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increase creativity metrics such as quantity and variety of design, and provide designers and engineers with a new lens for examining problems. Inspirational BID can take place in an afternoon workshop, or over the course of a month or two. Inspirational BID often uses case studies, design ideation exercises, hands-on engagement with biology, and scientific articles to provide exposure to the possibilities and potential of BID. Clients typically leave with a collection of new ideas and problem approaches, a renewed connection to nature, and a new tool in their designer toolkit. Inspirational BID provides biom* practitioners with a method for demonstrating the promise of BID, while providing a low barrier to entry, and requiring little specialized knowledge. Deep BID, by contrast, focuses on converting bio-inspired design concepts into technical engineering designs and working prototypes. Deep BID relies on systematic engineering design processes to apply technical and scientific understanding of both the problem domain and the biological source material to create specifications for designs. Deep BID projects take place over the course of six+ months, require six figure R&D investment, and advanced technical capabilities in terms of both infrastructure and human resources. Deep BID translates technical engineering

principles of biological systems into validated engineering specifications, providing biom* practitioners with sound engineering justification for continued investment in developing these technologies and products. Deep BID requires much higher time, human resource, and capital commitments from an organization, as well as interdisciplinary expertise. While these activities are vastly different undertakings, they are rarely distinguished. Additionally, the end point of one is not the starting point of the other. That is, there is a chasm between inspirational BID and deep BID that most clients cannot cross on their own. In some respects, inspirational BID is no different than any other conceptual design process in that the leap from conceptual design to prototype is fraught with challenges and pitfalls. However, unlike other design processes, borrowing from the domain of biology has its own unique set of challenges that layer onto the already difficult process. These difficulties can include: an incomplete understanding of the underlying biological source of inspiration; radically different manufacturing processes and materials; orders of magnitude difference in performance scale; and environmental factors and interactions. It is incumbent on the biom* community to develop methods and expertise to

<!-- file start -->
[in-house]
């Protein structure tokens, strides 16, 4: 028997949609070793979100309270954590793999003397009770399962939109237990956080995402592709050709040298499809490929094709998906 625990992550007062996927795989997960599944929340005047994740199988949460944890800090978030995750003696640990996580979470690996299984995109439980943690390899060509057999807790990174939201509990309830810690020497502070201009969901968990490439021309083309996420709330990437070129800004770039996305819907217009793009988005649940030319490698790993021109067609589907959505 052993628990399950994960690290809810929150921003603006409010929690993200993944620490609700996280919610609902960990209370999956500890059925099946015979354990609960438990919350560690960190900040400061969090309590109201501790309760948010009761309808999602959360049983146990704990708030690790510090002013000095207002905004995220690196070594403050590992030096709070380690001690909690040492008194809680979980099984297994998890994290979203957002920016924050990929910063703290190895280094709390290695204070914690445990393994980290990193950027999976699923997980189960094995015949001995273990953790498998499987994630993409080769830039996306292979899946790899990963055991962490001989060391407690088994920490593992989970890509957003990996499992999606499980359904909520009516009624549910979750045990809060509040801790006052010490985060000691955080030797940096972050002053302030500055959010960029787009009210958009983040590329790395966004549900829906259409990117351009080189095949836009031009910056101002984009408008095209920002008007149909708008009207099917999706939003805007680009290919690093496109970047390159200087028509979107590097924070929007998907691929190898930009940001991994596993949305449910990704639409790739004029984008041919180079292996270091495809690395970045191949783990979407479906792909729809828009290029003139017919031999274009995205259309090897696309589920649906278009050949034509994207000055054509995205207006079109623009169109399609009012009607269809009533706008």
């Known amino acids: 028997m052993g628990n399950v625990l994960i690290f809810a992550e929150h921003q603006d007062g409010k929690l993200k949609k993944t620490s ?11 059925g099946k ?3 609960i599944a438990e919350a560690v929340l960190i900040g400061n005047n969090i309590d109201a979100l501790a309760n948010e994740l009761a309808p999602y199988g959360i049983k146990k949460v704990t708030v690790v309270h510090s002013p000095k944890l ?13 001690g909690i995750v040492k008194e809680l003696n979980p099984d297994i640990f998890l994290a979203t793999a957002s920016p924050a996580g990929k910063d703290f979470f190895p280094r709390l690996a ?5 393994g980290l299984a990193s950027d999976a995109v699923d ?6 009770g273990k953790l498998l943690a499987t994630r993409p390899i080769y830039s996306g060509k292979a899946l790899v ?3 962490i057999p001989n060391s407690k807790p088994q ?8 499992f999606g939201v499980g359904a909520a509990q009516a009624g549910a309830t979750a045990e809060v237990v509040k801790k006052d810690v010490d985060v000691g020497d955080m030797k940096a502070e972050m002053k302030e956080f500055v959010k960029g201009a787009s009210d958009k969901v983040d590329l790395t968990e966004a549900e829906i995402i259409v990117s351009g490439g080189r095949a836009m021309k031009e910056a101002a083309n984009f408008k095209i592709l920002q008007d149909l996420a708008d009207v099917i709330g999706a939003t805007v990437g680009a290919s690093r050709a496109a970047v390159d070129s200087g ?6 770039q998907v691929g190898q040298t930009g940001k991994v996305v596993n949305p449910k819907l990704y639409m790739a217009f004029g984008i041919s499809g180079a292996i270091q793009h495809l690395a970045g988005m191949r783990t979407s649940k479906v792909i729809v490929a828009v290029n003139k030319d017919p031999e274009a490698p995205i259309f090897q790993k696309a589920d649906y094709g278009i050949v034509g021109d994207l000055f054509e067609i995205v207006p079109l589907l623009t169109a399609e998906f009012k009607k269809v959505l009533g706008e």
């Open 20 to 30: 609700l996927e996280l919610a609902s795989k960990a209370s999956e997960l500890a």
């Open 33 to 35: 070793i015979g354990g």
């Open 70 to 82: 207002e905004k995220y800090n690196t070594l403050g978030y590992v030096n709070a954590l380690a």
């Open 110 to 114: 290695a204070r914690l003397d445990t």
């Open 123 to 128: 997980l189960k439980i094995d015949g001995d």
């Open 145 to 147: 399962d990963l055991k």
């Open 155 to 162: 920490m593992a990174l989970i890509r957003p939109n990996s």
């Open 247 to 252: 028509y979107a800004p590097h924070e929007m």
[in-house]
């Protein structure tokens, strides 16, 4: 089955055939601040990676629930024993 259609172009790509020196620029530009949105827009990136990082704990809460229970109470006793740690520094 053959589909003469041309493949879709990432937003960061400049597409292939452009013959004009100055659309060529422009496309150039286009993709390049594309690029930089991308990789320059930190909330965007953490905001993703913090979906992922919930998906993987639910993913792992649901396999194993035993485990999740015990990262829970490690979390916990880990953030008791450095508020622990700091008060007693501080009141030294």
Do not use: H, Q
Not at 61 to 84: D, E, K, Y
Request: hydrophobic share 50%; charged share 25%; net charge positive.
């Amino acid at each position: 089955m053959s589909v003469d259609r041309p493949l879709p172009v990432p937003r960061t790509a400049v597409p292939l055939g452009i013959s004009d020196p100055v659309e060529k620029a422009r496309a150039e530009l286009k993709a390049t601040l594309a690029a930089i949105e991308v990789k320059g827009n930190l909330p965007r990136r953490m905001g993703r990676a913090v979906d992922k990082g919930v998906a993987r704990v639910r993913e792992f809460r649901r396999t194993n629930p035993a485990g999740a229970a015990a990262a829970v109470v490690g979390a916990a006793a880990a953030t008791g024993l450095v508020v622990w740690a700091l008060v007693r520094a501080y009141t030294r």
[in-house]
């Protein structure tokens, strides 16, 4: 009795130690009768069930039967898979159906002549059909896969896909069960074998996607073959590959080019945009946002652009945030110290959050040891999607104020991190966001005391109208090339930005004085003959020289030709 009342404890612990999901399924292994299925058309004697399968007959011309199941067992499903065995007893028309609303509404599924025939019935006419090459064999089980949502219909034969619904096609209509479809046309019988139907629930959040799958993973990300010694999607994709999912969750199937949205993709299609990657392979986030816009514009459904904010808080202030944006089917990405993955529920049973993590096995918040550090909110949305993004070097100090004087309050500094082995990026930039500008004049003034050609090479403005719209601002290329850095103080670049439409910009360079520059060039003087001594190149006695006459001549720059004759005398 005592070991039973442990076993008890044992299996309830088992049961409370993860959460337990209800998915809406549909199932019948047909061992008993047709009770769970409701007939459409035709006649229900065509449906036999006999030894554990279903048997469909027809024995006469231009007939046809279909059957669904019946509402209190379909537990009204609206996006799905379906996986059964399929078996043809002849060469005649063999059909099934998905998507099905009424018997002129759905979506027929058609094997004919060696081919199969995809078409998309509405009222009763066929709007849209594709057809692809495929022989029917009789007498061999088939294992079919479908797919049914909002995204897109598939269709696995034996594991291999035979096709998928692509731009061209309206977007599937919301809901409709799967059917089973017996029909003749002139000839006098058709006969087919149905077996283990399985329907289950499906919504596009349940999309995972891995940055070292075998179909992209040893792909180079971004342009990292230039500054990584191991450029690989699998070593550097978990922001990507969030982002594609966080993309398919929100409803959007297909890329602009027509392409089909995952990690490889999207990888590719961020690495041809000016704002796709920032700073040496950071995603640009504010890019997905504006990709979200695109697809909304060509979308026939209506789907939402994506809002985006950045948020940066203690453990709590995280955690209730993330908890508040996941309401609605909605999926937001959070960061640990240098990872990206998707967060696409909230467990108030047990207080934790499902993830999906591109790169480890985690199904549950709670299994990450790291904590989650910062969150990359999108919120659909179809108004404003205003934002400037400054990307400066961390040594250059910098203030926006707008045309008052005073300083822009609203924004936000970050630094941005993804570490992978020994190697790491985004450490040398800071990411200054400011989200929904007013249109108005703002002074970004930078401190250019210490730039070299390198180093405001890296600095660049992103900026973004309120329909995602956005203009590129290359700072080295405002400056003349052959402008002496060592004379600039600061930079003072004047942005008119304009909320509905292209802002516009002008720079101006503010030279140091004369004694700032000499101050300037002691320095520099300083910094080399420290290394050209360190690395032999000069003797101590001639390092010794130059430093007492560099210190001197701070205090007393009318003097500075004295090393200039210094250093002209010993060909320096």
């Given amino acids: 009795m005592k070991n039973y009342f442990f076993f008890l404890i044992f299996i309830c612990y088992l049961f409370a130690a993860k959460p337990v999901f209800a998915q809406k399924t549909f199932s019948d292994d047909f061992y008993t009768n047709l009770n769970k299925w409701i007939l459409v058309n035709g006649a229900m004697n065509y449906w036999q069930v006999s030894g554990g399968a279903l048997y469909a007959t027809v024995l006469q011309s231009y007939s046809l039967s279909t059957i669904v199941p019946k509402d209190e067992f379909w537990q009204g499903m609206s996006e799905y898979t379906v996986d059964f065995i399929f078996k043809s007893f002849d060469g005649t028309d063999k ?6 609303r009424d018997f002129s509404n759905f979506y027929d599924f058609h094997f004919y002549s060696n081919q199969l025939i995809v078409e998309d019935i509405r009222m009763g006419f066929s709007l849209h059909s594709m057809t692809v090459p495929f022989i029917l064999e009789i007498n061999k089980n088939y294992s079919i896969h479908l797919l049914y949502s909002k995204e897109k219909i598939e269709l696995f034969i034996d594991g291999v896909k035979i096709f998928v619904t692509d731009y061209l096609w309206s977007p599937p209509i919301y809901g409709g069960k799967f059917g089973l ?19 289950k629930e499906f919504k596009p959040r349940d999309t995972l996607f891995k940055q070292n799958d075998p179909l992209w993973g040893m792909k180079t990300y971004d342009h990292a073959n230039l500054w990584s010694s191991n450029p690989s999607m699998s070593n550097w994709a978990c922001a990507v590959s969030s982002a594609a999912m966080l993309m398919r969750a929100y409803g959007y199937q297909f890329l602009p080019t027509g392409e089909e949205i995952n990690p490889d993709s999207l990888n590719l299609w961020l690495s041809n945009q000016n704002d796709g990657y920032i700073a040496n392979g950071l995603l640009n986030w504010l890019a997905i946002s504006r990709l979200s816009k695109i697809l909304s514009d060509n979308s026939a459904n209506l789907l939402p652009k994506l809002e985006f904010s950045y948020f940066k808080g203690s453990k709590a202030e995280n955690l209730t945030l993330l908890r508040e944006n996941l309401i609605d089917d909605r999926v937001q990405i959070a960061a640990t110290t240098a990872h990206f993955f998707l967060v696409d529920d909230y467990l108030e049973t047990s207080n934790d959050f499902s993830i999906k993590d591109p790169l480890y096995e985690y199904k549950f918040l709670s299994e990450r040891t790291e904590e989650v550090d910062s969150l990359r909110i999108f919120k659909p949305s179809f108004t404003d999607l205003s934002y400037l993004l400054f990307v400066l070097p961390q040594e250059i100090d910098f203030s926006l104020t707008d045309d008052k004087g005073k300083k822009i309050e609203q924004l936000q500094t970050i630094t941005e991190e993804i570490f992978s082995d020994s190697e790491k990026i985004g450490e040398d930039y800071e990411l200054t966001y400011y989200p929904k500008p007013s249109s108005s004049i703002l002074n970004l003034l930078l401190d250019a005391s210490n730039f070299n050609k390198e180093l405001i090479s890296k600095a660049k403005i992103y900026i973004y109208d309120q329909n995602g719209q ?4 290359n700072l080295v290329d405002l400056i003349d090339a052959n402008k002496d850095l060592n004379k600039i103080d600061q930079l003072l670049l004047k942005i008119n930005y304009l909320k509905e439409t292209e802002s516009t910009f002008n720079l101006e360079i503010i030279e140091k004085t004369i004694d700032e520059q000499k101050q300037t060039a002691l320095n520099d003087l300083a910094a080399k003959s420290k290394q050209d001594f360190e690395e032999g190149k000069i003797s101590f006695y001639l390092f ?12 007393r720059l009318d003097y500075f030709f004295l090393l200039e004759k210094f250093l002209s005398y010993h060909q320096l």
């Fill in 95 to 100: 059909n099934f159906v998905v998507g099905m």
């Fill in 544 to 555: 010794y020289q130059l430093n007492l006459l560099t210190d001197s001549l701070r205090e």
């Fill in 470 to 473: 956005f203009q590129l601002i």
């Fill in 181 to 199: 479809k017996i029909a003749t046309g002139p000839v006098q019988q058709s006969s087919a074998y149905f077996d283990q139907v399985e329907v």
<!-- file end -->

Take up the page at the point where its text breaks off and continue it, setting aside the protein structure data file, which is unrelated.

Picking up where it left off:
Zygote Quarterly 25 | vol 1 | 2019 | ISSN 1927-8314 | Pg 47 of 118

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zq25 (zygote quarterly)